3.  The model of transcendence given by Husserl is elaborated by him in his Logical Investigations by interpreting it in terms of different kinds of transcendence. These four types of transcendence added to the motif I have called the nets of transcendence. In order to get a clear picture of them in relation to each other I have extracted them and considered them together by way of a single scheme. This scheme is the basis for the development of the rest of the section.


Thus at the end of Part C the argument of the rest of the section is put forward. This argument has two parts:


DEPTH Relationship of Husserl and Heidegger to Kant


SURFACE Relation of Husserl to Heidegger - The former providing the basis of the latter’s illusory solution to transcendence.


Part D Interpenetration and the icon of dimensionality


The depth aspect of the argument is considered first. It begins by a radical re-appraisal of the basis of modern philosophy. Kant set up that basis by distinguishing finitude and infinity. The inner structure and meaning of this distinction is explored first and its relation to the schema of the nets of transcendence. It is then shown how this model makes necessary the assumption of a realm of pure immanence to balance the nets of transcendence. Pure immanence is re-defined, based on Buddhist philosophy, as interpenetration.


This gives a concrete sense to what might seem utterly vague and indeterminate to us in Kant's argument and it ties the discussion to the exploration of the idea of oneness. However it is not desirable to jump from the occidental philosophical tradition to the oriental, so an icon of these ideas is searched for and found among the standard theoretical machinery in the Western tradition. This is the icon of dimensionality.


This thought icon is developed in great detail. There are two specific themes this icon makes it possible to explore, one is the relationship between Husserl’s motif and ideation's finitude. This brings to light another model of the motif in terms of space/time: That of the interval. The second is the concept of the manifold.


Part E The manifold and its intervals in Kant's philosophy


The results of the foregoing section are then read back into Kant's philosophy.  By this reading a wholly dif­ferent perspective on Kant's philosophy and especially its architectonic is gained, if the ideal of hermeneutic understanding is to comprehend an author’s work beyond what

he himself comprehended in it, then this ideal is fulfilled in this section.


The major concept developed within this part is that of the quadratic interval. This is a thought formation which is at the root of all contemporary philosophy.  It becomes particularly important in the fourth section.


Also in this part is shown the roots of the Heidegger illusion in Kant's philosophy. This might be said to be the

most important function of this part.


Part F  The roots of the Heidegger illusion in Husserl's Logical Investigations


This part although outlined lies unwritten.  Its object is to show how the architectonic of Husserl's Logical Investigations as it builds toward the definition of the transition from noematic nuclei to idea via the essence has precisely the same form as Heidegger's illusion. And how Heidegger merely took that form and simplified it bring out the assumption of modality upon which it is based. This involves beginning with the Husserl motif and adding each layer of the schema of the nets to it until the entire structure of the architectonic of the logical investigations is laid out. A summary of this part in terms of ideational intervals is given at the end of Part E.  It is interesting that this topic contains the essential insight into the relationship between the work of Heidegger and Husserl from which in a sense, all the rest of the essay flows and it is precisely this part that in the end I failed to write.  Since it was sandwiched between two sections on Kant I was afraid by re-touching my knowledge of Husserl in order to write it I would forget Kant. Thus I put it off. Now that it seems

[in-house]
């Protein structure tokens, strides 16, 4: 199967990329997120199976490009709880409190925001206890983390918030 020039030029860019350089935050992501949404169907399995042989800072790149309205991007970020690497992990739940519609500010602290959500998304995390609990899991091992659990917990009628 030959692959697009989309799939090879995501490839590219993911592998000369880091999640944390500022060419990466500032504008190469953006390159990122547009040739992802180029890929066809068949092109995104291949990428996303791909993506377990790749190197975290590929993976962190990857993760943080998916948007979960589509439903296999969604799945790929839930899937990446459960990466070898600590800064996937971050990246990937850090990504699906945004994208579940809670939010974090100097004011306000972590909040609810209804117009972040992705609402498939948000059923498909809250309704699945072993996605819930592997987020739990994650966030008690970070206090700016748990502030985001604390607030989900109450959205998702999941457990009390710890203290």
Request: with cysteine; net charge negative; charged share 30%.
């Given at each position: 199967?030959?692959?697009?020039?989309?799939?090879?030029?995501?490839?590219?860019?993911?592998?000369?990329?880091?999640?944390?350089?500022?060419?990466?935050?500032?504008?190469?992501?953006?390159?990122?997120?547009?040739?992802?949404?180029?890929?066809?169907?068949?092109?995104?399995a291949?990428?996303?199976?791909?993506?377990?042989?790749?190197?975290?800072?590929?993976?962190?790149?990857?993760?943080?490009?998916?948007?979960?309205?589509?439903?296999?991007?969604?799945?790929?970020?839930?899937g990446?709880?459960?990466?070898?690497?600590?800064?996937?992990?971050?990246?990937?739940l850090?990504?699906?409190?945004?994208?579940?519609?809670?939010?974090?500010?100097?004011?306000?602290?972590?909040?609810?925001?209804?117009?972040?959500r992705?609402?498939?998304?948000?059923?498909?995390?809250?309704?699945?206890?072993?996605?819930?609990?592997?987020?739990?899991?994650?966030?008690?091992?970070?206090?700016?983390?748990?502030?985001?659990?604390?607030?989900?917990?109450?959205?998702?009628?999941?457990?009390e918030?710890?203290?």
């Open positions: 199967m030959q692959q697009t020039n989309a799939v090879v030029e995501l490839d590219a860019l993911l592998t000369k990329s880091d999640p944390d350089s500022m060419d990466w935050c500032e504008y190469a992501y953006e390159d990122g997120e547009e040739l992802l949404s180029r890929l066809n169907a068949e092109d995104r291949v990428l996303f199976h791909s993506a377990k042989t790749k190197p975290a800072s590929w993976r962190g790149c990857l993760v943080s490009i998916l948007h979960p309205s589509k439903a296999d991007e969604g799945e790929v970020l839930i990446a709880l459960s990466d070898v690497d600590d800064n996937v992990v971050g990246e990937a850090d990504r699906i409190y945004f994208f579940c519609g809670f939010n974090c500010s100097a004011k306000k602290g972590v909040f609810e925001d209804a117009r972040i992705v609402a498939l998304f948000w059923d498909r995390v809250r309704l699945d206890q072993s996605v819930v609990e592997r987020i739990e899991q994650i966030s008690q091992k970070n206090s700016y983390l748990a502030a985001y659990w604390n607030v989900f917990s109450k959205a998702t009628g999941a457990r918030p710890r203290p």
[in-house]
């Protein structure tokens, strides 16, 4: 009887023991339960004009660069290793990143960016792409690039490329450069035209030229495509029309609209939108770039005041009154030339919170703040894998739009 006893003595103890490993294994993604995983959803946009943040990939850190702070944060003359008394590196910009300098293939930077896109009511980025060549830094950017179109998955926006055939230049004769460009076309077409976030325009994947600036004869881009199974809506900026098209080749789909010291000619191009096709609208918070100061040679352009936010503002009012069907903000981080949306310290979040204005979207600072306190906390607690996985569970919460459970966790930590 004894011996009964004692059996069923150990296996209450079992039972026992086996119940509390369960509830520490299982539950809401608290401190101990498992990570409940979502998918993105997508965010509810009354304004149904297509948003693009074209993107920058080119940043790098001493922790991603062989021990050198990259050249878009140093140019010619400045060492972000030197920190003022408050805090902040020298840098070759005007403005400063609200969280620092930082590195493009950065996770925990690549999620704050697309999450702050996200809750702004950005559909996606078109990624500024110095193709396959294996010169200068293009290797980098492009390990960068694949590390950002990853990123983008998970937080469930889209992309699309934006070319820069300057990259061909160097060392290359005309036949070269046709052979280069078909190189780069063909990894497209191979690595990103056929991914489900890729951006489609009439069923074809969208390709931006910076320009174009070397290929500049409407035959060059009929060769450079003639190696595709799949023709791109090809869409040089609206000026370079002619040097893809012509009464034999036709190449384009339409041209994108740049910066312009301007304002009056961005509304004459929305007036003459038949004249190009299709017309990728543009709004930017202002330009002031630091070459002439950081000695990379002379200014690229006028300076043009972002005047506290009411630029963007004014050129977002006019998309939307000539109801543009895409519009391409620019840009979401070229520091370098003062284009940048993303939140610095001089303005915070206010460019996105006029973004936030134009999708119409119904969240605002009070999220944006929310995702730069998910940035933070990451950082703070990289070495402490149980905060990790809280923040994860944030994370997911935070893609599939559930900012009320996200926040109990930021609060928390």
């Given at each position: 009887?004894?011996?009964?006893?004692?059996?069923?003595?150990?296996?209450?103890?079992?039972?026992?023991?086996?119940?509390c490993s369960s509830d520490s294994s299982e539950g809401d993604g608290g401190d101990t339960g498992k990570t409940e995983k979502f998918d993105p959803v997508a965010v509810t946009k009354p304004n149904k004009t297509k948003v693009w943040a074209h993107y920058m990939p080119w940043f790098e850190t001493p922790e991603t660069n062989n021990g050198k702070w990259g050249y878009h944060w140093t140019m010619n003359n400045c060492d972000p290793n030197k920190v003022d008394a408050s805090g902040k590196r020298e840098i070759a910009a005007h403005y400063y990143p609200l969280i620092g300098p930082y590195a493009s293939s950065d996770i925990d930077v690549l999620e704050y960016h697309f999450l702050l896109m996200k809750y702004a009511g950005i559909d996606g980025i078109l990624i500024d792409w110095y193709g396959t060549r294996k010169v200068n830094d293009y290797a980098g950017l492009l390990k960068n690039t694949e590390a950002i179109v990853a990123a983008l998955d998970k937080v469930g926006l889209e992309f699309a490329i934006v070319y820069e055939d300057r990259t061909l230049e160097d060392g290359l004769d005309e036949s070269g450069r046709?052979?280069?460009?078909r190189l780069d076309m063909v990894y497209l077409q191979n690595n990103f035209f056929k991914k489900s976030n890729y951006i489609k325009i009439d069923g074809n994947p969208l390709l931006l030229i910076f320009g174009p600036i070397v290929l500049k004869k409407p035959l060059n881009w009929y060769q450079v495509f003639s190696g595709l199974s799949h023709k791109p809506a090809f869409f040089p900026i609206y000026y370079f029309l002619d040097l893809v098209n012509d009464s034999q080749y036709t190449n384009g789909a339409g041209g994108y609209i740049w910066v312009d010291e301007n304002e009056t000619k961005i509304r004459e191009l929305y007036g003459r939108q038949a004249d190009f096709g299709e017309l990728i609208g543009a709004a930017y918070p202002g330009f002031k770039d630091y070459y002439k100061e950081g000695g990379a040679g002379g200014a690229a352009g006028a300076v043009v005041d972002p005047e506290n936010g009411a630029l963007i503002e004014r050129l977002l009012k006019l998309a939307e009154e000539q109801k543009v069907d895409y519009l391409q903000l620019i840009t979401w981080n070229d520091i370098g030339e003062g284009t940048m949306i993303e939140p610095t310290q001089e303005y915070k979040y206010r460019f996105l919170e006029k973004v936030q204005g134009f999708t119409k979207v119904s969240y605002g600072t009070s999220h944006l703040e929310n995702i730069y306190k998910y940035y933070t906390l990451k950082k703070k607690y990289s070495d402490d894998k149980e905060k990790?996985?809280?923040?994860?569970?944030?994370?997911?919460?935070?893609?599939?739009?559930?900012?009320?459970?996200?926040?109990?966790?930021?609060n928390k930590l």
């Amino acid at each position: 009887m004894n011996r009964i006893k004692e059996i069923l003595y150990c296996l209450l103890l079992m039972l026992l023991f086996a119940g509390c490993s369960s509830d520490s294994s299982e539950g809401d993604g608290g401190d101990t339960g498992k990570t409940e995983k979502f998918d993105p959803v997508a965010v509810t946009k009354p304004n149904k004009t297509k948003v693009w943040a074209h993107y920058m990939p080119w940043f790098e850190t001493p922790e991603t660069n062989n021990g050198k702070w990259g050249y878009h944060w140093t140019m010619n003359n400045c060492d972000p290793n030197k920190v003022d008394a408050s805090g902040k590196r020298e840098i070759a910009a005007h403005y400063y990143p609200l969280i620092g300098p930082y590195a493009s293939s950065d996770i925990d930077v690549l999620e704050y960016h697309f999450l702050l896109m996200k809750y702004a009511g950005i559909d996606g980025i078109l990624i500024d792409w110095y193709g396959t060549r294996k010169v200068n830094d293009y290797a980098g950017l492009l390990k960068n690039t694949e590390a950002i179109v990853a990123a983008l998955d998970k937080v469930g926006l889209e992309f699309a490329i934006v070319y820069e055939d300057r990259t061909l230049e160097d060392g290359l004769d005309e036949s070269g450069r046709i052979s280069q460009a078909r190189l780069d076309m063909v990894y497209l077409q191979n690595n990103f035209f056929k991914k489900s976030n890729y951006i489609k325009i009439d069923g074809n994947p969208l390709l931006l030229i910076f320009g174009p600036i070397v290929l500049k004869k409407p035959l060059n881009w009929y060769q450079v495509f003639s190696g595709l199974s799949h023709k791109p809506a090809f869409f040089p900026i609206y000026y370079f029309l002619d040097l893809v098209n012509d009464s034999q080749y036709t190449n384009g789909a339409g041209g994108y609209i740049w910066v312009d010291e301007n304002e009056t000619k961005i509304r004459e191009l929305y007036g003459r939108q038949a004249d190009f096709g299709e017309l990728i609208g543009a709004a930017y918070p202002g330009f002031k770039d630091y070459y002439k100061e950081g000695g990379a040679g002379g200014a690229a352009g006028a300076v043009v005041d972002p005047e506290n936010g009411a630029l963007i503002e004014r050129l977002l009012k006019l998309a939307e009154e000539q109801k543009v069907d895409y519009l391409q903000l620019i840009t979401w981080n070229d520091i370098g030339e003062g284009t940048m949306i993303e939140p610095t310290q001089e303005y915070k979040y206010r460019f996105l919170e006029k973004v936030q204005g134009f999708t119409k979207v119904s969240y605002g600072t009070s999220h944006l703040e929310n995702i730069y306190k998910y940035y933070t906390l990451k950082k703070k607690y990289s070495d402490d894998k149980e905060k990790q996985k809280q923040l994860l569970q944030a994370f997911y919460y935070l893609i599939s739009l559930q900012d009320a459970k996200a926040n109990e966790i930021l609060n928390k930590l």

I've written too much in the wrong form I will probably not

return to it.


Part G  Boundary and limit in Kant' s philosophy


In this part the argument goes very deep into the structure of ideation following once again the hints given by Kant's architectonic. The boundary is defined in terms of the concept of the limit of reversibility. These two concepts will be further developed in section Iv in onto-logical terms. Here, however, they are seen to be the basic components of ideational model which have been put into an inessential side cupboard of Kant's architectonic (i.e. the amphiboly of the concepts of reflection).


One of the basic arguments of this part is to show how the minimal system of concepts of which Dasein is one member (along with non-Dasein, Logos, Legein) may be derived from this section of Kant's work. This forms the basis for a rigorous definition of the relationship between the manifold and the clearing-in-being. This in turn makes possible the precise definition of the novum.


Finally at the end of this part in preparation for section I've an intricate model of the 'depth' of the boundary is presented and briefly explained.  It serves as a road map for the journey taken in the next section into Plato's cave, which is seen to be the place of the unfolding of ontology.


Section IV           


By a glance at the preface it is possible to see that when it was written section four did not exist on paper. There I proposed to write two further sections after section three. The fourth would have been strictly on ontology and the fifth would have been a re-approach to sociology based on an interpretation of Plato's republic. My advisor Professor Martin suggested I did not write anything about sociology and there by simplifying the whole project considerably. Thus I collapsed the part concerning the Republic together with the section on ontology. This proved to be a very fertile combination in ways I hardly expected. This section is particularly dense in terms of the un­folding and interweaving of ideas.  But it turned out to be the high point of the whole series of working papers that make up the rough draft.  Here having diligently defined concept after concept throughout the essay I began manipu­lating these already defined concepts. Therefore the reading of this section is difficult. However, that difficulty is compensated for by the number of unexpected concepts that I was given insight into in these pages.